Ontario’s ‘greener’ diesel mandate takes effect
Ontario’s plan to ease its way toward mandatory minimum biodiesel content of four per cent in regular diesel is underway, starting with a two per cent mandate as of April 1.
As announced Thursday, and running until the end of 2015, all fuel suppliers will be required to ensure the diesel they place in the Ontario market includes an average adjusted volume of two per cent “bio-based” diesel.
The mandatory percentage is to rise to three per cent biofuel on Jan. 1, 2016, then to four per cent starting Jan. 1, 2017.
The province noted the new regulation “delays the full implementation by one year” from what it had previously proposed, and adds the intermediary phase “to provide more time for investments in infrastructure.”
For the purpose of the new regulation, bio-based diesel is defined as renewable biofuel made from feedstocks such as soy and/or canola oils, animal fats and/or recycled cooking oils. What it calls “greener” diesel can be used in cars, trucks, boats and other types of diesel engines “without modification,” the province said Thursday.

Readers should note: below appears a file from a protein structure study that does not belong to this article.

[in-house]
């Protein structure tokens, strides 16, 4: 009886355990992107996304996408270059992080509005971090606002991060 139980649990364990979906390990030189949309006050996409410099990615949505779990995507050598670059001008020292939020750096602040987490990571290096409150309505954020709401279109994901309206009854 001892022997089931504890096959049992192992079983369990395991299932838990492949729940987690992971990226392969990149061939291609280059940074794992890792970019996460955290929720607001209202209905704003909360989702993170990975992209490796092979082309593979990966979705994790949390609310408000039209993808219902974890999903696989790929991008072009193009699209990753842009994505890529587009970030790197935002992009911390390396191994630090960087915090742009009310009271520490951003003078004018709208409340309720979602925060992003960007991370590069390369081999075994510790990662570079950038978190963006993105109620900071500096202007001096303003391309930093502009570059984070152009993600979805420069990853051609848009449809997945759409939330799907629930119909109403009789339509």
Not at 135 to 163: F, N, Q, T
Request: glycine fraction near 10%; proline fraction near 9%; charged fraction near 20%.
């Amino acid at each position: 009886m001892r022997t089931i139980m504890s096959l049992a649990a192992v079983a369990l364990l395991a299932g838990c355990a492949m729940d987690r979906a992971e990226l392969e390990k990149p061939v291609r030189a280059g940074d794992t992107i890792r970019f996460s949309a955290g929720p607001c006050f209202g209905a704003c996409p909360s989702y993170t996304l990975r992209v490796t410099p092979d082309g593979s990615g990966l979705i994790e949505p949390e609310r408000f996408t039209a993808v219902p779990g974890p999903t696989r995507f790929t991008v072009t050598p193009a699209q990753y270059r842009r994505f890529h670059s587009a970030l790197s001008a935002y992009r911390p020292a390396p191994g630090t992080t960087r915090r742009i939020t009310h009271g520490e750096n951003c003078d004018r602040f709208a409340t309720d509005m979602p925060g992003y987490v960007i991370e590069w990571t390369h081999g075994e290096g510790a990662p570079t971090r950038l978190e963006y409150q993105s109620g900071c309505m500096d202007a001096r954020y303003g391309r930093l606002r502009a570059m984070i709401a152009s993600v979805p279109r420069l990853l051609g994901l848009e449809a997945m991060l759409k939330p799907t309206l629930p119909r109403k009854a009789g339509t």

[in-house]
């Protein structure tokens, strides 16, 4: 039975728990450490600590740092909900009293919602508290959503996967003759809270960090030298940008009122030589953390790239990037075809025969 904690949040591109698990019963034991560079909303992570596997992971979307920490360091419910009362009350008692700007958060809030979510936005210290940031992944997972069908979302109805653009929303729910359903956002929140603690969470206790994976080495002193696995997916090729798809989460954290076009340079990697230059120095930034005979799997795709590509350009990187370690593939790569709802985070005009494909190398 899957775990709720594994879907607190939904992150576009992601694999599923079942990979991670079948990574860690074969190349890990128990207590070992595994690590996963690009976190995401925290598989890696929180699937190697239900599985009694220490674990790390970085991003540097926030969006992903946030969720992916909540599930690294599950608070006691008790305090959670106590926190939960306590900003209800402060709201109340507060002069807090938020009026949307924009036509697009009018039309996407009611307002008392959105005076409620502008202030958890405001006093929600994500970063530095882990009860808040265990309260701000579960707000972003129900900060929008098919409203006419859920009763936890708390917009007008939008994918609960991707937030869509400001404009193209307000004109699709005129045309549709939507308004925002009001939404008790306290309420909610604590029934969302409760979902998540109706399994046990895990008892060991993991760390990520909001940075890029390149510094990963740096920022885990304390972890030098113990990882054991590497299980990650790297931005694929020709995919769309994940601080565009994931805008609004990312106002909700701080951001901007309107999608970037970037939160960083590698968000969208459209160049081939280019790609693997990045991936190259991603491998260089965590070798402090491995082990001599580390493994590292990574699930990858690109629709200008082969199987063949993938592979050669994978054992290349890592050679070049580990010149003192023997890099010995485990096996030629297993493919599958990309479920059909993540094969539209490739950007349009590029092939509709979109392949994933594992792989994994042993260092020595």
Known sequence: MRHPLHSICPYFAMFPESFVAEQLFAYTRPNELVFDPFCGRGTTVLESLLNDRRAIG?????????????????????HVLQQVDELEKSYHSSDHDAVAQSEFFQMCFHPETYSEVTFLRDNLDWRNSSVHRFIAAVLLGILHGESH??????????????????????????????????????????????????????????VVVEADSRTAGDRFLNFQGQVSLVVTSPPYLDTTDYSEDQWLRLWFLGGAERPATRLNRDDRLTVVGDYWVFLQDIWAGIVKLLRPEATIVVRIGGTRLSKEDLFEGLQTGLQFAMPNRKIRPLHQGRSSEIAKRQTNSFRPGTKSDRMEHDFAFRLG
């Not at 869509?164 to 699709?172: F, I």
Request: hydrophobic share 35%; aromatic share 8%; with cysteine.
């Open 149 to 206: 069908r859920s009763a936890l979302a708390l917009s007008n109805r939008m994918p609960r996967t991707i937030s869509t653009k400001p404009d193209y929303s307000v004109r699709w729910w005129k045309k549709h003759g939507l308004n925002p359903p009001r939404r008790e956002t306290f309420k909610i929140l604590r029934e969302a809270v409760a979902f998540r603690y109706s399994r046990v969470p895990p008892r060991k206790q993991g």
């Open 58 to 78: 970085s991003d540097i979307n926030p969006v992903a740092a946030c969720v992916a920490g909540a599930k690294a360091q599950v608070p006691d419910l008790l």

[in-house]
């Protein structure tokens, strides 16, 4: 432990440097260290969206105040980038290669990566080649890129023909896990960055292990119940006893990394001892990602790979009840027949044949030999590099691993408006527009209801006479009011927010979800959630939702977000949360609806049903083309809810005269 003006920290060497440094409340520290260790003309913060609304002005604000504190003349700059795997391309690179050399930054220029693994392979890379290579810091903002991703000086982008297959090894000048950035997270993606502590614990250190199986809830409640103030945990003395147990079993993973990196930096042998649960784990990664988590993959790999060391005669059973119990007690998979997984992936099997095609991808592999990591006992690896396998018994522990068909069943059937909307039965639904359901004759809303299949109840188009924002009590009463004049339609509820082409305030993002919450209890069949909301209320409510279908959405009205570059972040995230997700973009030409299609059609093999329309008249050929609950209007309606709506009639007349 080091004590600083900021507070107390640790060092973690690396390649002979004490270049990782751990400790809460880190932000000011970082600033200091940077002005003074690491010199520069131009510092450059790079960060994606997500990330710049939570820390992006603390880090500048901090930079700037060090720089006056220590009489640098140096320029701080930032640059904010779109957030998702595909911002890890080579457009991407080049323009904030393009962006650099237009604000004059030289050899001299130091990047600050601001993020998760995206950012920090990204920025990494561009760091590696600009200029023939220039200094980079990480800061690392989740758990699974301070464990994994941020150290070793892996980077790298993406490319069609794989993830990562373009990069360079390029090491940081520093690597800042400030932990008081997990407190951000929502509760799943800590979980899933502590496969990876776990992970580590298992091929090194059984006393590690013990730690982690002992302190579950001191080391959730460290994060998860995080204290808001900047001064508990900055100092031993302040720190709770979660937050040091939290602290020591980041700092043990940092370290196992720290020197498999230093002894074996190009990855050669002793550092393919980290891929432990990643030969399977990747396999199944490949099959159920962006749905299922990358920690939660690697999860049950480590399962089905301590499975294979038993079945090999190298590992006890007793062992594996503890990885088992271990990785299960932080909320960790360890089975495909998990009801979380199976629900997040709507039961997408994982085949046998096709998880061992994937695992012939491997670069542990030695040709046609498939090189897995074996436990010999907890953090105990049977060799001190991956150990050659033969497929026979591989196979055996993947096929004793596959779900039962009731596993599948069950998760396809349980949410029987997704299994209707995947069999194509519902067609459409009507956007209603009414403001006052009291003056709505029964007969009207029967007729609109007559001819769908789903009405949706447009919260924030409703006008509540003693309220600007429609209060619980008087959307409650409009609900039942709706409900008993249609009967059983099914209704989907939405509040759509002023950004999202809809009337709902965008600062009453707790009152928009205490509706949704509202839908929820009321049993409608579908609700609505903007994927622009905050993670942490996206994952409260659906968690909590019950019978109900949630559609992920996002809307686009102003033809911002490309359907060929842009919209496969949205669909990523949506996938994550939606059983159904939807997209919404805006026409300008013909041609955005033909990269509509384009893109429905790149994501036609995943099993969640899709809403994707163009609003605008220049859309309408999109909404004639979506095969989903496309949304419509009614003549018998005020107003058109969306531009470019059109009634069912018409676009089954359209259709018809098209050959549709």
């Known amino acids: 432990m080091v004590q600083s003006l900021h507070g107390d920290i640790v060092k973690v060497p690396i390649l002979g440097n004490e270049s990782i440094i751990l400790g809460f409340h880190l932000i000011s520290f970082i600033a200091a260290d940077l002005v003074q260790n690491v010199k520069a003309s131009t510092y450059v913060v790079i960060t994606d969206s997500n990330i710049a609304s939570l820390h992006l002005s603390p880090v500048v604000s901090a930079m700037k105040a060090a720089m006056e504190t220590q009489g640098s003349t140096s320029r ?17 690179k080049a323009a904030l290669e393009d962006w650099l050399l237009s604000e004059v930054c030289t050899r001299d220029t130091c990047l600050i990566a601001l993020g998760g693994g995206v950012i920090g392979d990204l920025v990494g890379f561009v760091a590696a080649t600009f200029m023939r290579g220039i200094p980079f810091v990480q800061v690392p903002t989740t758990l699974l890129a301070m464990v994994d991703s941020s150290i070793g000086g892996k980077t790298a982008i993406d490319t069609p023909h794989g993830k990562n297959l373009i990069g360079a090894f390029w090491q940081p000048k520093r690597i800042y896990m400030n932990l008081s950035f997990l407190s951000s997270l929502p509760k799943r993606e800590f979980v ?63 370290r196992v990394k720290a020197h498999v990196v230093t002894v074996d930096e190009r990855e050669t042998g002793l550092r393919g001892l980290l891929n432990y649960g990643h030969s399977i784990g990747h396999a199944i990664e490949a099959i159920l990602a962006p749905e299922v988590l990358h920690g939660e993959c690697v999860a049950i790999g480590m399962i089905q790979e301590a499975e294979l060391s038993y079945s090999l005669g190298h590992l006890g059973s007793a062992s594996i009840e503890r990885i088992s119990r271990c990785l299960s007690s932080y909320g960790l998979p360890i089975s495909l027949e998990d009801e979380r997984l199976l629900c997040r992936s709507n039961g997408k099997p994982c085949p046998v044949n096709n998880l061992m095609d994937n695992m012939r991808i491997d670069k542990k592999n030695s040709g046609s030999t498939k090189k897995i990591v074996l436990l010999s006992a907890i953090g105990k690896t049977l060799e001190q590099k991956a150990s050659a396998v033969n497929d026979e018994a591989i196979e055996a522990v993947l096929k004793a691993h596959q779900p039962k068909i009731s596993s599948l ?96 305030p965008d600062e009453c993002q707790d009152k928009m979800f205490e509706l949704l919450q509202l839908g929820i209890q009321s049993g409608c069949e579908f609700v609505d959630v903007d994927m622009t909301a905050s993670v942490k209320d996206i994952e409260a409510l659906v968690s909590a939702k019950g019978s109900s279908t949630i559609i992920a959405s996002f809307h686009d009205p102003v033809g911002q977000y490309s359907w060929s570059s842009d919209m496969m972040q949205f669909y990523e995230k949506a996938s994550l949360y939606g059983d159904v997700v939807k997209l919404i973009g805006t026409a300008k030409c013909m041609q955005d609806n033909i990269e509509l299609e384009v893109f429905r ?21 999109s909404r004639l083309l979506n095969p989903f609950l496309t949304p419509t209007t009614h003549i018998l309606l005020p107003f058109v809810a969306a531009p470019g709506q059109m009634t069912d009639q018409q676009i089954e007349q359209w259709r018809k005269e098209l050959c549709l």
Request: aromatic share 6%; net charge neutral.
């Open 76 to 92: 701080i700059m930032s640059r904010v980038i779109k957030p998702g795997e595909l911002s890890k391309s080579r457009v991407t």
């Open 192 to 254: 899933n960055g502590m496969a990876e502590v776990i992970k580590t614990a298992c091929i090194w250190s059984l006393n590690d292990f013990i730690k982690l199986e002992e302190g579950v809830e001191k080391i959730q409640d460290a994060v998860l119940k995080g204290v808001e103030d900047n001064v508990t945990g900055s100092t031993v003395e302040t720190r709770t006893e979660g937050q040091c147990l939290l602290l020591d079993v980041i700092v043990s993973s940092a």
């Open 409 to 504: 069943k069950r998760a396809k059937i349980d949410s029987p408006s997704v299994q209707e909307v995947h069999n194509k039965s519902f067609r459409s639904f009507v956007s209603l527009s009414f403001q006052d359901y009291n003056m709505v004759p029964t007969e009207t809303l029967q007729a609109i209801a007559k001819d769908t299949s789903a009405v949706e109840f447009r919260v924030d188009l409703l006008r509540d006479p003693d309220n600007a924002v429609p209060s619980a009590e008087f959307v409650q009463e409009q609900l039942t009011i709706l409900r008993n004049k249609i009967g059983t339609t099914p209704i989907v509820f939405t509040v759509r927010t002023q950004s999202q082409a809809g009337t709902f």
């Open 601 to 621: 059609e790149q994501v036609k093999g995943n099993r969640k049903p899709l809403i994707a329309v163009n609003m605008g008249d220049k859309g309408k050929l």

The first phase of the new regulation also sets a lower initial bar in its performance requirements for greenhouse gas reduction in the biofuel portion of the new blend, at 30 per cent this year. The regulation then adds an “intermediary” phase with a 50 per cent performance requirement, and in its final phase, by 2017, the regulation calls for a 70 per cent performance requirement.
“By 2017, Ontario’s greener diesel approach is expected to reduce greenhouse gas emissions by about 600,000 tonnes a year — equivalent to taking 140,000 cars off the road,” the province said Thursday.
Home heating oils and aviation fuel are exempt from the new requirements, the province said. Until 2017, northern Ontario will also be exempt from the new rules.
The province said it expects its “greener” diesel mandate to also encourage investment at fuel terminals in Ontario, and to help expand market opportunities for “agricultural-based” feedstocks.
More specifically, Henry Van Ankum, chairman of Grain Farmers of Ontario, expects it “will help build a market for made-in-Ontario soy biodiesel.”
Local fuel made from soybeans, he said in a separate release Thursday, “reduces greenhouse gas emission in vehicles up to 85 per cent and the mandate will provide a potential market for 680,000 tonnes of soybeans.”
The GFO, he said, is “pleased we could work with our partners at the Ontario government and the Canadian Renewable Fuels Association to initiate this Greener Diesel mandate and grow this market for our Ontario farmers.”
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